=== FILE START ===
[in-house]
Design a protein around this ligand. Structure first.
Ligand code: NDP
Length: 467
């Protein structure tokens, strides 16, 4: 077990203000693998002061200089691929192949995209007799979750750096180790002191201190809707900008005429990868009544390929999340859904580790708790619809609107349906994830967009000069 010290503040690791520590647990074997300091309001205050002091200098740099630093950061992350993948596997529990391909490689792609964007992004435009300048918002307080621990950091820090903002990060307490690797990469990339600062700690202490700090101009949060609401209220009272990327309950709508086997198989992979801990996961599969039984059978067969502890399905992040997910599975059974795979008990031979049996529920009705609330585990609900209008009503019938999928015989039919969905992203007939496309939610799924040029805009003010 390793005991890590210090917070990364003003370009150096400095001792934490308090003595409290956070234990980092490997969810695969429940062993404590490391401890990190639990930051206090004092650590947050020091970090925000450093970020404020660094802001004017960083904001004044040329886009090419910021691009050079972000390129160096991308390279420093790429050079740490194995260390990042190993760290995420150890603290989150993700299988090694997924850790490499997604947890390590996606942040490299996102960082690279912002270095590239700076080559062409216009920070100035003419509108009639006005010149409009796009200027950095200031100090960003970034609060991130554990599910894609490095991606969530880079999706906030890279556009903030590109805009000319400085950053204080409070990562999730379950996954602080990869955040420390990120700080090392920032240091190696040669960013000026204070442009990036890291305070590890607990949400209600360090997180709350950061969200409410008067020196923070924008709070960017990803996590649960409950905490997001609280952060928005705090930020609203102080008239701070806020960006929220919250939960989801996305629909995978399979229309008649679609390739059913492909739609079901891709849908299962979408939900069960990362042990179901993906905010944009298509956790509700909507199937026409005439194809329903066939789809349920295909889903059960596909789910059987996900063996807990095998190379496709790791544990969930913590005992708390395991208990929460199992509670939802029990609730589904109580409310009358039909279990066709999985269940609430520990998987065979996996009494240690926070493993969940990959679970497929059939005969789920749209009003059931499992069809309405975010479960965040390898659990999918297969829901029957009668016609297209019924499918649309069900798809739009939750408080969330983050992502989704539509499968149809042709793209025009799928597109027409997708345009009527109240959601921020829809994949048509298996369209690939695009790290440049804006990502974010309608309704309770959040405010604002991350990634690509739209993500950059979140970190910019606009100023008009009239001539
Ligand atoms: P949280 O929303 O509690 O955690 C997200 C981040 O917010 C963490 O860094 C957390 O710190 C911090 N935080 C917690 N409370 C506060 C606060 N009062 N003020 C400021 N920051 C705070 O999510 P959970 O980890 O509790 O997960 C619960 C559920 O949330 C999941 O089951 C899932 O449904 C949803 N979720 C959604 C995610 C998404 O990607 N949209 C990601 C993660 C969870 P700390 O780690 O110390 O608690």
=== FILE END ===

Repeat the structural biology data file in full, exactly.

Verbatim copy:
[in-house]
Design a protein around this ligand. Structure first.
Ligand code: NDP
Length: 467
């Protein structure tokens, strides 16, 4: 077990203000693998002061200089691929192949995209007799979750750096180790002191201190809707900008005429990868009544390929999340859904580790708790619809609107349906994830967009000069 010290503040690791520590647990074997300091309001205050002091200098740099630093950061992350993948596997529990391909490689792609964007992004435009300048918002307080621990950091820090903002990060307490690797990469990339600062700690202490700090101009949060609401209220009272990327309950709508086997198989992979801990996961599969039984059978067969502890399905992040997910599975059974795979008990031979049996529920009705609330585990609900209008009503019938999928015989039919969905992203007939496309939610799924040029805009003010 390793005991890590210090917070990364003003370009150096400095001792934490308090003595409290956070234990980092490997969810695969429940062993404590490391401890990190639990930051206090004092650590947050020091970090925000450093970020404020660094802001004017960083904001004044040329886009090419910021691009050079972000390129160096991308390279420093790429050079740490194995260390990042190993760290995420150890603290989150993700299988090694997924850790490499997604947890390590996606942040490299996102960082690279912002270095590239700076080559062409216009920070100035003419509108009639006005010149409009796009200027950095200031100090960003970034609060991130554990599910894609490095991606969530880079999706906030890279556009903030590109805009000319400085950053204080409070990562999730379950996954602080990869955040420390990120700080090392920032240091190696040669960013000026204070442009990036890291305070590890607990949400209600360090997180709350950061969200409410008067020196923070924008709070960017990803996590649960409950905490997001609280952060928005705090930020609203102080008239701070806020960006929220919250939960989801996305629909995978399979229309008649679609390739059913492909739609079901891709849908299962979408939900069960990362042990179901993906905010944009298509956790509700909507199937026409005439194809329903066939789809349920295909889903059960596909789910059987996900063996807990095998190379496709790791544990969930913590005992708390395991208990929460199992509670939802029990609730589904109580409310009358039909279990066709999985269940609430520990998987065979996996009494240690926070493993969940990959679970497929059939005969789920749209009003059931499992069809309405975010479960965040390898659990999918297969829901029957009668016609297209019924499918649309069900798809739009939750408080969330983050992502989704539509499968149809042709793209025009799928597109027409997708345009009527109240959601921020829809994949048509298996369209690939695009790290440049804006990502974010309608309704309770959040405010604002991350990634690509739209993500950059979140970190910019606009100023008009009239001539
Ligand atoms: P949280 O929303 O509690 O955690 C997200 C981040 O917010 C963490 O860094 C957390 O710190 C911090 N935080 C917690 N409370 C506060 C606060 N009062 N003020 C400021 N920051 C705070 O999510 P959970 O980890 O509790 O997960 C619960 C559920 O949330 C999941 O089951 C899932 O449904 C949803 N979720 C959604 C995610 C998404 O990607 N949209 C990601 C993660 C969870 P700390 O780690 O110390 O608690």